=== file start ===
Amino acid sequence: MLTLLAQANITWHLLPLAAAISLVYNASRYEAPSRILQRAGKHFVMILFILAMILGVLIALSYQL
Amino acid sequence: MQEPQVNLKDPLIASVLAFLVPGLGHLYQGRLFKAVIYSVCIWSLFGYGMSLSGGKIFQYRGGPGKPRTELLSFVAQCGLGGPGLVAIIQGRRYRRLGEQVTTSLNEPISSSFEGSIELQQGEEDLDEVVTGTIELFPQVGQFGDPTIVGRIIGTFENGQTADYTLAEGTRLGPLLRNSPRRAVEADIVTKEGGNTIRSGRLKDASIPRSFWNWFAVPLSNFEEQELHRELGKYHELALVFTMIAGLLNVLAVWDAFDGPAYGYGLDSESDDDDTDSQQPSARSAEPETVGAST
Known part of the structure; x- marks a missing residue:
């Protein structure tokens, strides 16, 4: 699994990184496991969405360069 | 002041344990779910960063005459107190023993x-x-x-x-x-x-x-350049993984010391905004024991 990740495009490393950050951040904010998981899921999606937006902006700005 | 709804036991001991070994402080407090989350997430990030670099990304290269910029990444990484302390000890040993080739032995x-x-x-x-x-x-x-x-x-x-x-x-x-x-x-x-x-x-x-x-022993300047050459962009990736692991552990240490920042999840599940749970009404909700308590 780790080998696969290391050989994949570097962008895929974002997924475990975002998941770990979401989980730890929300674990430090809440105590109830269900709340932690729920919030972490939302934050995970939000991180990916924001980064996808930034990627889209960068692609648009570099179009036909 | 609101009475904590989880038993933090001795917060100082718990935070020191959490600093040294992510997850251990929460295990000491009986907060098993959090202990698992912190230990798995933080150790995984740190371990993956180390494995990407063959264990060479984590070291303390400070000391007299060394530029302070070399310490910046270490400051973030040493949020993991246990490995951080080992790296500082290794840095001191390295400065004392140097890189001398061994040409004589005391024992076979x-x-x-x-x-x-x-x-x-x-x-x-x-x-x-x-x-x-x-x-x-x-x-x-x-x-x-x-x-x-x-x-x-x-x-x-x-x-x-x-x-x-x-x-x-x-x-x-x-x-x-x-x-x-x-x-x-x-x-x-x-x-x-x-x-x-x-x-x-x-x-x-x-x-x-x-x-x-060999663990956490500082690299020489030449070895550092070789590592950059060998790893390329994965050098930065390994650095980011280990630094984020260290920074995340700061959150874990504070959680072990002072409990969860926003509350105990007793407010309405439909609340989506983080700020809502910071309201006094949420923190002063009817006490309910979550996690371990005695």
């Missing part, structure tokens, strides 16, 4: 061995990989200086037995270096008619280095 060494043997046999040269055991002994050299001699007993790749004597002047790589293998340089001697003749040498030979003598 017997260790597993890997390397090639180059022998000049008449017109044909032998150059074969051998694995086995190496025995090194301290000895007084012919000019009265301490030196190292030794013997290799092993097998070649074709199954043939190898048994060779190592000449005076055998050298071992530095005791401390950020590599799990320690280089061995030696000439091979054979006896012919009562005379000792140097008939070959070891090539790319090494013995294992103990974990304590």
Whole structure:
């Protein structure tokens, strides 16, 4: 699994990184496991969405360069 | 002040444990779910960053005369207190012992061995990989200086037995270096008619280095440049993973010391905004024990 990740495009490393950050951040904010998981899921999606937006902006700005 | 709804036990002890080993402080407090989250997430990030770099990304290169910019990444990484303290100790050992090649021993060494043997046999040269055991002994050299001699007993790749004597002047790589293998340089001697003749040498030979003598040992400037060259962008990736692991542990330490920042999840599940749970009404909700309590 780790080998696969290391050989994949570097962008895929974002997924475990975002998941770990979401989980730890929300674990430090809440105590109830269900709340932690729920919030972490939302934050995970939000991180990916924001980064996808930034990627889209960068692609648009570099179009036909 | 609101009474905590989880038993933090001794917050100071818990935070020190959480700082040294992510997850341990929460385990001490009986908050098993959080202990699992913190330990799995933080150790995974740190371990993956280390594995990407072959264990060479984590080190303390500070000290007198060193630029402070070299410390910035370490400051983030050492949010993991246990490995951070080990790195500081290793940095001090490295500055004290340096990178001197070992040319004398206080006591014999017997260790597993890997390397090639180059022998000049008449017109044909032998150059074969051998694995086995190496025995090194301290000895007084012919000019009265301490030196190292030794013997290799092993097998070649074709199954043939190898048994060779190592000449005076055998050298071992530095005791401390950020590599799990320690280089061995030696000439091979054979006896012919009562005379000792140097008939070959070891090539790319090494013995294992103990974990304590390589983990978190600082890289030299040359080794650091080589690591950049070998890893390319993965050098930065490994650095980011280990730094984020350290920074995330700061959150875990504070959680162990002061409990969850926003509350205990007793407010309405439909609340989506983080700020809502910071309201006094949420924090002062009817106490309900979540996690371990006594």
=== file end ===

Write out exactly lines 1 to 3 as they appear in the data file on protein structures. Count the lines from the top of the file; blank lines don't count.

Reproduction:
Amino acid sequence: MLTLLAQANITWHLLPLAAAISLVYNASRYEAPSRILQRAGKHFVMILFILAMILGVLIALSYQL
Amino acid sequence: MQEPQVNLKDPLIASVLAFLVPGLGHLYQGRLFKAVIYSVCIWSLFGYGMSLSGGKIFQYRGGPGKPRTELLSFVAQCGLGGPGLVAIIQGRRYRRLGEQVTTSLNEPISSSFEGSIELQQGEEDLDEVVTGTIELFPQVGQFGDPTIVGRIIGTFENGQTADYTLAEGTRLGPLLRNSPRRAVEADIVTKEGGNTIRSGRLKDASIPRSFWNWFAVPLSNFEEQELHRELGKYHELALVFTMIAGLLNVLAVWDAFDGPAYGYGLDSESDDDDTDSQQPSARSAEPETVGAST
Known part of the structure; x- marks a missing residue: